You remember the space race in the '60s was for national prestige, because we lost the first two milestones.
We didn't lose them technically. The fact that we had the hardware to put something in orbit when we let Von Braun fly it -- you can argue that's not a technical loss.
Sputnik wasn't a technical loss, but it was a prestige loss.
America -- the world saw America as not being the leader in technology, and that was a very strong thing.
And then we flew Alan Shepherd weeks after Gagarin, not months or decades, or whatever.
So we had the capability. But America lost. We lost. And because of that, we made a big jump to recover it.
Well, again, what's interesting here is we've lost to the Russians on the first couple of milestones already.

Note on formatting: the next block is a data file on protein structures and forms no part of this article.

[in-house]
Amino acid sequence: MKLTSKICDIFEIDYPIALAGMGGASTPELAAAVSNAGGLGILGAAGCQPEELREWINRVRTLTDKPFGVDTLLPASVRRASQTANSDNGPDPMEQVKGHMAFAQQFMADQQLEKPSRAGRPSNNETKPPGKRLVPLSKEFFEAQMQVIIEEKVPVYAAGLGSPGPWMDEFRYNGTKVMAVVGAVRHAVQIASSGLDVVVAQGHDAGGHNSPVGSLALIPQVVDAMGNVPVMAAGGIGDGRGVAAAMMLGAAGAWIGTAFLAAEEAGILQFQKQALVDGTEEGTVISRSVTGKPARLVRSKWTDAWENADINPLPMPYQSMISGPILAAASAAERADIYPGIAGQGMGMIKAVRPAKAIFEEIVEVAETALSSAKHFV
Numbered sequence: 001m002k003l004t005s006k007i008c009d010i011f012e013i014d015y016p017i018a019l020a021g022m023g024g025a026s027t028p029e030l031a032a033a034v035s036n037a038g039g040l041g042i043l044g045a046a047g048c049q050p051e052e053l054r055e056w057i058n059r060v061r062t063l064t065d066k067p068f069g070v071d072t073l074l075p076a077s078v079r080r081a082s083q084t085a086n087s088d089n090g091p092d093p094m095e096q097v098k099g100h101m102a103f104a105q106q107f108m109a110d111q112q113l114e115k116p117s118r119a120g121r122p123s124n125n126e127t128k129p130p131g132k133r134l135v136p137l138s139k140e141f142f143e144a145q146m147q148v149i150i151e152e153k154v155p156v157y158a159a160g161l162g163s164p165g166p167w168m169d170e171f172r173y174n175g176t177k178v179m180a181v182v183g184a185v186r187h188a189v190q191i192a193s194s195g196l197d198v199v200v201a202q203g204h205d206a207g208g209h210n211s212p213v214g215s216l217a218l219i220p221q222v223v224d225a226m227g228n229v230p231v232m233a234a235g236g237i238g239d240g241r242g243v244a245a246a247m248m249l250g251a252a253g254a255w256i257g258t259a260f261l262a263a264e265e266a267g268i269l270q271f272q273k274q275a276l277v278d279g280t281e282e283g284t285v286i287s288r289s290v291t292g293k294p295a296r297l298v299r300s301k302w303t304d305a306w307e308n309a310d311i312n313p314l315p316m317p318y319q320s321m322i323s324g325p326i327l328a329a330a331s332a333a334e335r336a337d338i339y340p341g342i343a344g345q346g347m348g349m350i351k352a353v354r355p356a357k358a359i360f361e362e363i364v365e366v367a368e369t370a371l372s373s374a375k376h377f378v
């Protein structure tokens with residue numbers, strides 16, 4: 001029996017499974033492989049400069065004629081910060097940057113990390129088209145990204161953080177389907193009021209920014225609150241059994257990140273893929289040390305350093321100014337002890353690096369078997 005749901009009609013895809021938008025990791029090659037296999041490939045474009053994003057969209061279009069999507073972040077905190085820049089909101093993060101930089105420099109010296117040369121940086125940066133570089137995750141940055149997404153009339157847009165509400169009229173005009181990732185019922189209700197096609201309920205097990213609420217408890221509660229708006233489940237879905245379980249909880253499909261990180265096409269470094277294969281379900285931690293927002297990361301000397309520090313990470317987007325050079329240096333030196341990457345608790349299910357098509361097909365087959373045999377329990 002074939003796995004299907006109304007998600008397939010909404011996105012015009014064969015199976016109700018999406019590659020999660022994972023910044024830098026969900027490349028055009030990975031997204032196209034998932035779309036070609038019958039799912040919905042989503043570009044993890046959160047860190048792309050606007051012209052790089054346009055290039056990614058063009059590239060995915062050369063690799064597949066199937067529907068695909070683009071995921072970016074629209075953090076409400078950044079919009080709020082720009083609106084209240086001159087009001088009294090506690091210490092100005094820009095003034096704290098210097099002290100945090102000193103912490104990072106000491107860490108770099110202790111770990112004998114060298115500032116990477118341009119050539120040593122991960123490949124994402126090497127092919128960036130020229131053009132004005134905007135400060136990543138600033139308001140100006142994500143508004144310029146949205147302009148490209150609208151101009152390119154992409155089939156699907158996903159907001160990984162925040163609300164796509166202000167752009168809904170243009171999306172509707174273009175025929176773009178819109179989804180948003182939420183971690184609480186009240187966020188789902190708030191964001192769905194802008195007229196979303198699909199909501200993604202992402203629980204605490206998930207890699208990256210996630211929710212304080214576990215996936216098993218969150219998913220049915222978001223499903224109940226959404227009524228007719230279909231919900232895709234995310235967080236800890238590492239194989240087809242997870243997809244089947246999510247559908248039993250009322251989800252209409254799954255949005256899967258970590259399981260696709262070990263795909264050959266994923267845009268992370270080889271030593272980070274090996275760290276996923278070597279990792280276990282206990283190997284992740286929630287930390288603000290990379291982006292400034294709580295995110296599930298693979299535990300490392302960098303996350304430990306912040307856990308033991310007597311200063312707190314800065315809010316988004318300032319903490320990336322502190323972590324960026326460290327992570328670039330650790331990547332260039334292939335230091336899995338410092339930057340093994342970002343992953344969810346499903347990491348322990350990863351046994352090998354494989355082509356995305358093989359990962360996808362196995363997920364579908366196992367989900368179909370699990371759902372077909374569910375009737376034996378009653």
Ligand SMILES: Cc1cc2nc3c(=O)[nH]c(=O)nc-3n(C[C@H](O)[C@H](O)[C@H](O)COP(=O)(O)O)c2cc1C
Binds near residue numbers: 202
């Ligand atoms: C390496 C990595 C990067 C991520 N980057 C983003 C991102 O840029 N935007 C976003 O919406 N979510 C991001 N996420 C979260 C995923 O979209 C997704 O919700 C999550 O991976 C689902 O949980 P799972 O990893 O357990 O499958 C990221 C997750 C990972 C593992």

You cannot buy a ticket commercially to fly into space in America -- can't do it.
You can buy it in Russia. You can fly with Russian hardware.
This is available because a Russian space program is starving, and it's nice for them to get 20 million here and there to take one of the seats.
It's commercial. It can be defined as space tourism. They are also offering a trip to go on this whip around the moon, like Apollo 8 was done.
100 million bucks -- hey, I can go to the moon. But, you know, would you have thought back in the '60s,
when the space race was going on, that the first commercial capitalist-like thing to do to buy a ticket to go to the moon would be in Russian hardware?
And would you have thought, would the Russians have thought, that when they first go to the moon in their developed hardware, the guys inside won't be Russians?
Maybe it'll probably be a Japanese or an American billionaire?
Well, that's weird: you know, it really is. But anyway, I think we need to beat them again.